Newspapers Across the State Have Endorsed Call for Independent Investigation Into Charter School Data Scrubbing
COLUMBUS — Over the past month and amid stonewalling of public records requests, every major newspaper in Ohio has published editorials calling for an independent investigation into whether a top Kasich official broke state law and who else in the administration was involved with scrubbing charter school evaluations.
The Akron Beacon Journal (twice!), Columbus Dispatch, Cincinnati Enquirer, Cleveland Plain Dealer, Youngstown Vindicator, Canton Repository and Toledo Blade have all editorialized on the burgeoning charter school scandal engulfing the Kasich administration.
“When will the public see its records?” Akron Beacon Journal, Aug. 25, 2015
John Kasich subscribes to the theory of a rogue offender in the Ohio Department of Education. The governor deems “political” the calls to look deeper into David Hansen doctoring the grades of charter schools so they would remain in position to add students and thus collect additional state money.
“I mean, the guy’s gone. He’s gone,” the governor declared, as if Hansen admitting his deed and resigning as the head of the school choice and accountability office ends the matter. Legitimate questions remain. They start with whether other officials, in particular, Richard Ross, the state school superintendent, had anything to do with altering the grading system.
Perhaps Hansen acted alone. Yet the way this governor and fellow Republicans in charge at the Statehouse have coddled many in the charter school industry, there is much room for skepticism about the claim. More, some state school board members see possible violations of the law, which requires the full inclusion of grades in evaluations.
The job of investigating is ripe for the state inspector general.
“Time for a fresh look | Charter-school evaluation panel can be beneficial, should avoid politics,” Columbus Dispatch, Aug. 24, 2015
Appointing an independent panel to evaluate Ohio charter-school sponsors is a needed step, in the wake of the discovery that a recent evaluation was rigged.
The State Board of Education should see that the panel moves expeditiously and doesn’t become bogged down in politics or side issues that distract it from the main goal: accurately evaluating the academic performance of specific charters.
Seven board members, six Democrats and one Republican, have called for additional scrutiny of David Hansen’s report and whether he acted alone. State Auditor Dave Yost declined to have his office do an audit, as he said the issue was disclosed and corrected quickly, resulting in no financial harm to the state.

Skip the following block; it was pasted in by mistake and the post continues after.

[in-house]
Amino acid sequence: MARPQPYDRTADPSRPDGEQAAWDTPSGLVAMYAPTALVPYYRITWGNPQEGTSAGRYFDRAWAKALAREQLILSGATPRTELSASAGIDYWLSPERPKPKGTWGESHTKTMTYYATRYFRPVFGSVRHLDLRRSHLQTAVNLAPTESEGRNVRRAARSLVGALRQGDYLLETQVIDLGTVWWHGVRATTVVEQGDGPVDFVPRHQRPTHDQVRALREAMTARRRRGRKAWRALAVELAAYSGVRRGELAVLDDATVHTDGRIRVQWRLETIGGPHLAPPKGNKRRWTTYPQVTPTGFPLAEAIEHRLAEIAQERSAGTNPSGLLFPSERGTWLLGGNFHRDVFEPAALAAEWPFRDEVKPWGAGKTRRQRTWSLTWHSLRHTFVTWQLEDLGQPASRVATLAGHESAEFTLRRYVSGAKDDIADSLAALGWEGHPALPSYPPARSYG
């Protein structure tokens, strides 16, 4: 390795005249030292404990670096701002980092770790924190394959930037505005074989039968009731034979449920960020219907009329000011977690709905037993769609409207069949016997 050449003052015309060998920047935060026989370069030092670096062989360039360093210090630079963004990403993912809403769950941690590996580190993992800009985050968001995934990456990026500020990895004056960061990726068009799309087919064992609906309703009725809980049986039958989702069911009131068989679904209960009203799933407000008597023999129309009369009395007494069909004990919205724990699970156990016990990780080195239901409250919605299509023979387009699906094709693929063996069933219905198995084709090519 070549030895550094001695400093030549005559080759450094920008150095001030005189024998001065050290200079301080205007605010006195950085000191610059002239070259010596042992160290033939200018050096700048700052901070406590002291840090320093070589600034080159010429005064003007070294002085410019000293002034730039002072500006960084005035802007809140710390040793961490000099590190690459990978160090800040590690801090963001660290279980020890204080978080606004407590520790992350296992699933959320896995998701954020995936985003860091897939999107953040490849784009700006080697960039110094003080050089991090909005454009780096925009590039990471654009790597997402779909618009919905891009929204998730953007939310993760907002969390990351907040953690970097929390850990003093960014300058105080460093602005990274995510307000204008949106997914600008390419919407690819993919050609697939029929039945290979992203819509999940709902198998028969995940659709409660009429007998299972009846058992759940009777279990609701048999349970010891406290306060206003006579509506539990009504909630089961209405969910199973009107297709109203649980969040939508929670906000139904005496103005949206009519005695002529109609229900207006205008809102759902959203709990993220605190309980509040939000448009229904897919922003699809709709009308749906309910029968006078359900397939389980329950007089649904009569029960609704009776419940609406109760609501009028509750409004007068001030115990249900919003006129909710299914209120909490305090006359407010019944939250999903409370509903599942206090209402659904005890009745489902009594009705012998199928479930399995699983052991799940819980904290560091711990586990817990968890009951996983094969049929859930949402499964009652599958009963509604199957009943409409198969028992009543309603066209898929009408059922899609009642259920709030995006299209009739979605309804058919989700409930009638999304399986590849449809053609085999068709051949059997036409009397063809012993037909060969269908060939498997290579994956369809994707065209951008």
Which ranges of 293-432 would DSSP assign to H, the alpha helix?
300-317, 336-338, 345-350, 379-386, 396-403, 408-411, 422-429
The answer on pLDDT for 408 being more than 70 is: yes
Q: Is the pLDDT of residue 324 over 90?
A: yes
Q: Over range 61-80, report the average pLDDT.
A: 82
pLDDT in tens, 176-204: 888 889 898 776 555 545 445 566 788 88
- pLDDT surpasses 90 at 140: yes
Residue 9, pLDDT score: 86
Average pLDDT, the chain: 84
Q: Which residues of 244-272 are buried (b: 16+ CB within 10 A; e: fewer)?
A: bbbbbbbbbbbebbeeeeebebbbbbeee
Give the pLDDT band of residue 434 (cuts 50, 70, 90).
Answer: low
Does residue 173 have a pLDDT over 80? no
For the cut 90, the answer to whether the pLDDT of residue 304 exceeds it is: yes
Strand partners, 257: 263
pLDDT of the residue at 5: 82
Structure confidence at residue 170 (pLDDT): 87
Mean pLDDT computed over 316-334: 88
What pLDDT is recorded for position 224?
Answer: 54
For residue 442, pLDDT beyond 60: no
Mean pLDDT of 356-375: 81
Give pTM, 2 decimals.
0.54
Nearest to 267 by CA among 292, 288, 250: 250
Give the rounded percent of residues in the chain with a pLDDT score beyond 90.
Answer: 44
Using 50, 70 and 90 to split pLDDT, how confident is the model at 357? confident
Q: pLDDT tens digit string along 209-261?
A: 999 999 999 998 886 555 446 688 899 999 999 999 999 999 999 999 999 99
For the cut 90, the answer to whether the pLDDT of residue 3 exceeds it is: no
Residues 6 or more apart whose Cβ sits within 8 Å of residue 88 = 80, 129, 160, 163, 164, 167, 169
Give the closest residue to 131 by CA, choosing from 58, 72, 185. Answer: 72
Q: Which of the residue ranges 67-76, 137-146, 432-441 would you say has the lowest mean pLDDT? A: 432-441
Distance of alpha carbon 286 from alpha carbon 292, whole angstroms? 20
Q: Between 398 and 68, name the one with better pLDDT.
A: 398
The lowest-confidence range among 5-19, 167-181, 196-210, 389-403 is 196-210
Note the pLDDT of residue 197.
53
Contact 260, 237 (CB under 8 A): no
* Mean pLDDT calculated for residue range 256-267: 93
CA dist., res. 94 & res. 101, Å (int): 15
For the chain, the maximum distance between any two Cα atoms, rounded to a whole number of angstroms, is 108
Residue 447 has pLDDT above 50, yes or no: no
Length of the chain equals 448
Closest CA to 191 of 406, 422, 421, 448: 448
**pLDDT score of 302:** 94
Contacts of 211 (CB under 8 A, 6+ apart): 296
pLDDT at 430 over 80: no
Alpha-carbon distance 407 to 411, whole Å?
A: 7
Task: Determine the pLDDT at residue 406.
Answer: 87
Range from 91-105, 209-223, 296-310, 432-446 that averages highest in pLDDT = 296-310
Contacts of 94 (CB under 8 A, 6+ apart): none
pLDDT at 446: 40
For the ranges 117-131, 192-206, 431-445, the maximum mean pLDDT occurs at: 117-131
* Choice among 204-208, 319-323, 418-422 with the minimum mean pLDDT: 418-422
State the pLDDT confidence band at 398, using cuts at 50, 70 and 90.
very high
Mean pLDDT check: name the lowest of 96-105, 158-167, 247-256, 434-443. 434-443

However, those seven on the state board are correct: Until the issue is thoroughly vetted in a transparent manner, a cloud will remain over the process.
“Charting a course toward reform,” Cincinnati Enquirer, Aug. 23, 2105
In Ohio, where charter schools take in about $1 billion of taxpayer money, some of them have instead taken advantage of the state’s lax accountability rules to prioritize profits over student performance.
That’s unacceptable, and a disservice to taxpayers, parents and students.
What’s more, it’s galling to see state lawmakers and Gov. John Kasich drag their feet on holding charter schools accountable. A trio of scathing reports released in December showed Ohio’s lax charter school law allowed some private operators to produce poor results, and there have been several state and federal investigations into cozy ties among schools, vendors and nonprofit umbrella organizations. Ohio’s charter school law gives state officials few tools to police charter schools. The job is made even harder when charter schools’ evaluations are whitewashed. On July 18, David Hansen, the schools choice director for the Ohio Department of Education, resigned after he admitted to excluding some charter schools’ failing grades that would’ve tugged down their evaluation scores.
The next steps should be obvious: An outside investigation should determine the extent of Hansen’s harmful action and whether others within ODE had knowledge of it, and state law must be reformed to ensure Ohio isn’t home to charter school companies that prioritize profit over student performance.
“State Board of Education should keep pressing for answers on state’s attempted online-school favors,” Cleveland Plain Dealer, Aug. 16, 2015